We also use a modified glass capillary device for generating
double emulsions with two distinct inner phases containing
different encapsulants. This process leads to the fabrication of
non-spherical polymersomes with multiple compartments for
separate encapsulation of multiple actives.
A glass capillary microfluidic device is used to generate
double emulsions with controlled morphology (see Figure S1
in the Supporting Information).[6b] Due to the high degree of
control afforded by microfluidics, the number of inner
droplets in a W/O/W double emulsion system can be
controlled by varying the flow rates of the three phases
independently.[9, 12] An example of the process is shown in
Figure 1 a. The thickness of the double emulsion shells can be
adjusted by changing the flow rates. However, as long as the
flow rates are not altered enough to change the number of
2011 Wiley-VCH Verlag GmbH & Co. KGaA, Weinheim
Angew. Chem. 2011, 123, 1686 –1689
Scheme 1. Formation of multicompartment polymersomes from
double emulsion drops with multiple inner droplets.
Figure 1. a) Generation of double emulsion drops with multiple inner
droplets in a glass capillary microfluidic device. b) Optical microscopy
images showing dewetted double emulsion drops with two (left), three
(middle), and eight inner droplets (right). Scale bars are 50 mm.
c) Optical microscopy images of PEG(5000)-b-PLA(5000) polymersomes with two (left), three (middle), and eight inner droplets (right),
after complete removal of the oil phase of the double emulsions. Scale
bars are 50 mm.
inner droplets of the double emulsion templates, change in
shell thickness does not affect the morphology of the final
polymersomes since all solvents in the shells is removed in
subsequent steps. To prepare the double emulsion templates,
multiple inner droplets are dispersed in drops of a mixture of
Angew. Chem. 2011, 123, 1686 –1689
chloroform and hexanes (36:64 v/v) with 10 mg mL 1 poly(ethylene glycol)-b-poly(lactic acid), (PEG(5000)-b-PLA(5000)). The drops-in-drops are suspended and stabilized in
a poly(vinyl alcohol) (PVA) solution. A homopolymer, PEG,
is added to the inner droplet phase to match the osmolalities
of the inner and outer phases thus preventing net diffusion of
water across the shell phase. In the middle phase of the double
emulsions, the amphiphilic diblock copolymers, PEG(5000)b-PLA(5000) adsorbs at the O/W and W/O interfaces. The
composition of the middle phase is chosen to facilitate
dewetting of the double emulsion induced by adhesion of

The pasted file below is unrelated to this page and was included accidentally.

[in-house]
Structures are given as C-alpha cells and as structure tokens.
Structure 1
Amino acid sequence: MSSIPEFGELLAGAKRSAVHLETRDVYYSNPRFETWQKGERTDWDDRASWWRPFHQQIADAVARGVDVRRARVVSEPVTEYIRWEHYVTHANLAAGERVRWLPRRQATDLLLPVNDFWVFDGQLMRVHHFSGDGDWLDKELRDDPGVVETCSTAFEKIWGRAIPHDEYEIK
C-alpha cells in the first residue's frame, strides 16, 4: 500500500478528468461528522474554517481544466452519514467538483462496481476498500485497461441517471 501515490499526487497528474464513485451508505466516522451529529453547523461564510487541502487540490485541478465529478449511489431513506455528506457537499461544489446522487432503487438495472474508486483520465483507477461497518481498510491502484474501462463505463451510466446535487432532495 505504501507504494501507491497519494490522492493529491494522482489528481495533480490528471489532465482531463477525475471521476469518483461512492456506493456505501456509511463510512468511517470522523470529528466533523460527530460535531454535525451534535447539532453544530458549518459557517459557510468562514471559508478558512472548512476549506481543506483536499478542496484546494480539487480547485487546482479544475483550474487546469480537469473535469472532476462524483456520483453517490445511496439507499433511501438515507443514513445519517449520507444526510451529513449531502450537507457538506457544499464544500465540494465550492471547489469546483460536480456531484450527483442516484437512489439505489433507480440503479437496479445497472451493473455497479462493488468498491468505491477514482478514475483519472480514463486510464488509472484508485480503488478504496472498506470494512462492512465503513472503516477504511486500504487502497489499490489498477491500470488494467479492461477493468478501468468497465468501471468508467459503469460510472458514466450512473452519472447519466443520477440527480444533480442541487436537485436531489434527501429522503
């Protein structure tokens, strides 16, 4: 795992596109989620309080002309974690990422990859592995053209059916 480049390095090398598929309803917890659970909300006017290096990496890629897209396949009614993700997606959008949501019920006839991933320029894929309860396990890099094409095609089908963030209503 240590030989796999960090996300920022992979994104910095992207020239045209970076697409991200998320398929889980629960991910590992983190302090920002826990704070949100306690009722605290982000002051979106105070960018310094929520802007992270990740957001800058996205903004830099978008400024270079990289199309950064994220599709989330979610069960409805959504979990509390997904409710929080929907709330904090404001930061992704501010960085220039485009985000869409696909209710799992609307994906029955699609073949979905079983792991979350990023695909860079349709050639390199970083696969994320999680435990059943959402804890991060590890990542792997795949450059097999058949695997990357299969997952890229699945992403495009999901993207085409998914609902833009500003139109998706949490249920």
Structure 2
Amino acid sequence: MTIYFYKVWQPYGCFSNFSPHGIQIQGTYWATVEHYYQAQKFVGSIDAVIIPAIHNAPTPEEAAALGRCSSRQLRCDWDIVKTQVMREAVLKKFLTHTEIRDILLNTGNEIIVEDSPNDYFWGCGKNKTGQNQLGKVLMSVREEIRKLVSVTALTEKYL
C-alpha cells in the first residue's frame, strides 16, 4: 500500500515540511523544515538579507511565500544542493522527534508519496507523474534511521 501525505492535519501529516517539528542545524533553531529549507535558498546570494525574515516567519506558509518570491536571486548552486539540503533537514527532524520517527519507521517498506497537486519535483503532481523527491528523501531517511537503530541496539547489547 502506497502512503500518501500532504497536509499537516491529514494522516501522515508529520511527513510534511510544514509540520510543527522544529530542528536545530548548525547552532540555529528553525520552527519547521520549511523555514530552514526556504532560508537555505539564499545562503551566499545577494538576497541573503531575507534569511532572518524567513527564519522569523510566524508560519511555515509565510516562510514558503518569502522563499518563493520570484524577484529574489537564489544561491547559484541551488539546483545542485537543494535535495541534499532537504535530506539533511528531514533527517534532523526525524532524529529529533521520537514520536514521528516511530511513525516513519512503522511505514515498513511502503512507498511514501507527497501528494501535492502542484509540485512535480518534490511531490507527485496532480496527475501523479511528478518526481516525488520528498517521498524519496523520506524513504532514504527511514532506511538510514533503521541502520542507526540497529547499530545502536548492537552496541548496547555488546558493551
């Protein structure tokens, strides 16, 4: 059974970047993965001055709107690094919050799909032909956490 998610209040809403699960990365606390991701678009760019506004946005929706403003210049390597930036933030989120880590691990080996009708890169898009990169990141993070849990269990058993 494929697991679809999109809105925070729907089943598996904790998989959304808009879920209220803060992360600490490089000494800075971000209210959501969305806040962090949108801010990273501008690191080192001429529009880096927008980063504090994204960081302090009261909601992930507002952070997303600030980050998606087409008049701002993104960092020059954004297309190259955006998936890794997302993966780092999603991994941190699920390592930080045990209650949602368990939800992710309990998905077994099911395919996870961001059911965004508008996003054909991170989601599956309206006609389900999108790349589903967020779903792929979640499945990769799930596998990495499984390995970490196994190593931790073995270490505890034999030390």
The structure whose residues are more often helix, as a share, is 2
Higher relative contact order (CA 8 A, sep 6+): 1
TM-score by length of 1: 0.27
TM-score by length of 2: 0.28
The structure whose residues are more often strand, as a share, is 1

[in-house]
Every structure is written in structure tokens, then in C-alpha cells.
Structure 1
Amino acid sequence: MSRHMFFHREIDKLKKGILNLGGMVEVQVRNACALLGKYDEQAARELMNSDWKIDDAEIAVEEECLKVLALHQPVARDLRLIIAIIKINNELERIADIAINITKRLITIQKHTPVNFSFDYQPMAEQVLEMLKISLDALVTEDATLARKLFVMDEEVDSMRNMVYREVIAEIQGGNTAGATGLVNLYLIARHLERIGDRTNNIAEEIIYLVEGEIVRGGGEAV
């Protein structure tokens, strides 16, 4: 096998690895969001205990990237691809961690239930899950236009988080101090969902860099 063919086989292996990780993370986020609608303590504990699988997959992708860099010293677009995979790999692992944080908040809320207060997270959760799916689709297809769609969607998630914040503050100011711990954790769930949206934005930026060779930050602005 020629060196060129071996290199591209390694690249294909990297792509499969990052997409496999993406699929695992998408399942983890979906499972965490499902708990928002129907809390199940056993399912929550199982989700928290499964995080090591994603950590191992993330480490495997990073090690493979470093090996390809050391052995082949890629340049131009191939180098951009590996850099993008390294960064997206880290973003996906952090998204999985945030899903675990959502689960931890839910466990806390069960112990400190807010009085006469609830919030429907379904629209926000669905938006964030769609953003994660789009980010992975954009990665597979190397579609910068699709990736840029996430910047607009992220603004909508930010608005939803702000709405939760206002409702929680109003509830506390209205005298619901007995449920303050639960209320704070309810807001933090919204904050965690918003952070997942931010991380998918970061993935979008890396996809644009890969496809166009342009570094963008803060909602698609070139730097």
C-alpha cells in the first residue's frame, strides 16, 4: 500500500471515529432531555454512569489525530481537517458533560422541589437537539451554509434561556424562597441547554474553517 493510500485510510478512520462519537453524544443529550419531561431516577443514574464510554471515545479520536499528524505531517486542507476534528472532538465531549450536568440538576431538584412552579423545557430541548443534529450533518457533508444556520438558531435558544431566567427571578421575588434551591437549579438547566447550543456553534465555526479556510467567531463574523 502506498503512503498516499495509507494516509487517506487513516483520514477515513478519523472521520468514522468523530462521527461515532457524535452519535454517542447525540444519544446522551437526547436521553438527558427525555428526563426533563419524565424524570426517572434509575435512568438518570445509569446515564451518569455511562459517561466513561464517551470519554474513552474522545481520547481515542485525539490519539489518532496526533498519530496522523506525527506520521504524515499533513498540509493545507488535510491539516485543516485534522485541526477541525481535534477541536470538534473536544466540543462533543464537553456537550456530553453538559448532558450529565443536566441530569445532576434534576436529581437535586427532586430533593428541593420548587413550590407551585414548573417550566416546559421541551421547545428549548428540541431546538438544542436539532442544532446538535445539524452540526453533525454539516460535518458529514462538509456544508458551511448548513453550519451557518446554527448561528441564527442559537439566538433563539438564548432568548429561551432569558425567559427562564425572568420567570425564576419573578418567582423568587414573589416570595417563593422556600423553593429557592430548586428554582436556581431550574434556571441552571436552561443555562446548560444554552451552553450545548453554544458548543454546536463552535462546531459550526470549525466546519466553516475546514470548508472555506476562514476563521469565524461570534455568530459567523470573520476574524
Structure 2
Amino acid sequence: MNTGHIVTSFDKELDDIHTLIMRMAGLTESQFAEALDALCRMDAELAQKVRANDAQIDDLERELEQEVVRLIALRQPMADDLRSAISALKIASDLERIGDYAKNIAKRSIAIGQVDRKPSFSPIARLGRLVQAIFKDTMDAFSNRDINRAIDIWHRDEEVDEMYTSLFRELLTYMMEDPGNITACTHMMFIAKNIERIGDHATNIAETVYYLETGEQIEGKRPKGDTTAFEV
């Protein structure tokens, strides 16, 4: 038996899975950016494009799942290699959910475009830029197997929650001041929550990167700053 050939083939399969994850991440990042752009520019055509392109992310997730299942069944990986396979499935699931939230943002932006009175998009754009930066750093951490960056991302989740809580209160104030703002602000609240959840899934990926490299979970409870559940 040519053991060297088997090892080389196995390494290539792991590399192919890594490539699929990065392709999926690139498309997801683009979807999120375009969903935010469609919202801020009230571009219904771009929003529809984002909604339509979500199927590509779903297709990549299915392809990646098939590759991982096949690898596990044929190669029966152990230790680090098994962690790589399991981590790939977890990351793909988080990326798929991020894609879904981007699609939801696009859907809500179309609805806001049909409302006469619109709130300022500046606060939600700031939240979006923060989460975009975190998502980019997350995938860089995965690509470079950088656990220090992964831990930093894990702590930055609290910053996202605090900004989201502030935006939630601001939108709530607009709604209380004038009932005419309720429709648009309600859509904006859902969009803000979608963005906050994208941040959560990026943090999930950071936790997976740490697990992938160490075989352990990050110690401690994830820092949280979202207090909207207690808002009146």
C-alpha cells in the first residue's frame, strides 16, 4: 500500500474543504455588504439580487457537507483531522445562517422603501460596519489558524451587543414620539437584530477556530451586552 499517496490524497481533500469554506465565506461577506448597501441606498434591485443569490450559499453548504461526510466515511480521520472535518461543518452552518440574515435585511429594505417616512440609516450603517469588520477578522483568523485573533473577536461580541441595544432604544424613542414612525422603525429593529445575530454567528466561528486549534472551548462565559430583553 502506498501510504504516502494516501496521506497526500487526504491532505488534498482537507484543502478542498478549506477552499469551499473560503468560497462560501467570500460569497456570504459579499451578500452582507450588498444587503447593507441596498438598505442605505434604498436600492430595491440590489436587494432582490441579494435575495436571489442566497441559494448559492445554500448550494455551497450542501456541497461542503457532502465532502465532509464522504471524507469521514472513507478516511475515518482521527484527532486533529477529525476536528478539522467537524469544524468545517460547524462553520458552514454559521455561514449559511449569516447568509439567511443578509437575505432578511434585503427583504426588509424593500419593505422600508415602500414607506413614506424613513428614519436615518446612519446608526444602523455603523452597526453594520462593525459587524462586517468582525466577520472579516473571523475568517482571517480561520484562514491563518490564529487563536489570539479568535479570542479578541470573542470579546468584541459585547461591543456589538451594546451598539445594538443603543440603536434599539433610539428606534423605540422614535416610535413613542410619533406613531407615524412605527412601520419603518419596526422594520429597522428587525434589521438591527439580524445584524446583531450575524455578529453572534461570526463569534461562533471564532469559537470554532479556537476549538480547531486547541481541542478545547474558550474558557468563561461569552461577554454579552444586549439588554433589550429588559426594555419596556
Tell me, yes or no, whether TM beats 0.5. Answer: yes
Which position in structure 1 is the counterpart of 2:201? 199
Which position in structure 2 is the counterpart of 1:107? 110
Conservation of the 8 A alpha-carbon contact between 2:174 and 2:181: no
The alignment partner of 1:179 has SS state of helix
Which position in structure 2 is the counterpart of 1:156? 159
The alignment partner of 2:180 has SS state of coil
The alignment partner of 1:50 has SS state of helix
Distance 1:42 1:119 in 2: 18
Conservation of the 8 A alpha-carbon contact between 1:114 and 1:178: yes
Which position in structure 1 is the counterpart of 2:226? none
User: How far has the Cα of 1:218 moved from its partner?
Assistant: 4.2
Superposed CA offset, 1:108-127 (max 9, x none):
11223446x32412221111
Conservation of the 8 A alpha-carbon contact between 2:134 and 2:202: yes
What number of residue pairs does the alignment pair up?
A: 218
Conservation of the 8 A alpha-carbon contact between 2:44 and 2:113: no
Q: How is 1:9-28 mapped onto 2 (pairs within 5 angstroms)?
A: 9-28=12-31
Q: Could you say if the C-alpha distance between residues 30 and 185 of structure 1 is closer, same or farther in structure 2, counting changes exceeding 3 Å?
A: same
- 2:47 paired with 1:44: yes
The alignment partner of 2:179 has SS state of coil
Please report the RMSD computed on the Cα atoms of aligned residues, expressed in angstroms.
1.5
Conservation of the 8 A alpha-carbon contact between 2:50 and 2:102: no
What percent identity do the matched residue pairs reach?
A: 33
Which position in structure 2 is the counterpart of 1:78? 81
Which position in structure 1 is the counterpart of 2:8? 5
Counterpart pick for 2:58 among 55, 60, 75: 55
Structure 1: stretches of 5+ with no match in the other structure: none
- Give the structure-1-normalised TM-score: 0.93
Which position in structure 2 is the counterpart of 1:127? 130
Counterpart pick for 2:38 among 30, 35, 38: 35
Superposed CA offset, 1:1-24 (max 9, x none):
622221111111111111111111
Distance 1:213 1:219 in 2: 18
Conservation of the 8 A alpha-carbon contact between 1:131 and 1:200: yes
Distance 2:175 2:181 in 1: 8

copolymer monolayers at the interfaces.[8] We demonstrate
such a process with double emulsion drops with two, three,
and eight inner droplets. As chloroform in the middle shell
phase evaporates, the diblock copolymers at the interfaces
become less soluble in the solvent. As a result, the interfaces
become adhesive, leading to dewetting. The inner droplets
stick to each other, and the inner-middle interfaces also
adhere with the middle-outer interface, expelling the solvent
in the shell layer to form drops of solvent attached to the
sticky inner droplets, as illustrated in Scheme 1. The region
between the two polymer-laden interfaces provides a hydrophobic environment that enables encapsulation of hydrophobic compounds in the membrane, as shown in Figure S2.
Polymer vesicles with two, three, and eight compartments are
formed after removing the solvent drops either by evaporation, or due to shear in microfluidic flow.[8] The dewetted
drops and the resultant polymersomes are shown in Figure 1 b
and c. This double emulsion-templated approach can also be
applied to systems with different solvent mixtures, and
diblock copolymers with different block lengths (see Figure S3).
With our approach, the number of compartments of the
final polymersomes is fixed by the number of inner droplets in
the double emulsion templates, which can be tuned by varying
flow rates of the three phases. In the absence of osmotically
driven transport of water across the shells of the double
emulsion, the sizes of the compartments in the final polymersomes are also controlled by the sizes of the inner droplets
(see Supporting Information). Using this approach, we have
fabricated polymersomes with number of compartments
ranging from one to eight, as shown in Figure 2. The
polydisperisty in terms of the number of compartments is
low when the number of compartments is small (see Figure S4). Due to the nature of the vesicle formation approach,
the spatial configuration of the compartments is not unique.
As soon as sufficient chloroform is removed from the solvent
phase, the reduced solubility of the diblock copolymers
provides a driving force for the copolymers to aggregate.
Therefore, the copolymer-laden interfaces attract each other.
This suggests that the process is kinetically controlled and
does not allow rearrangement of the inner droplets in the step
of double emulsion-to-polymersome transition. As a result,
for polymersomes with the same number of compartments,
the spatial arrangement of the compartments is not unique.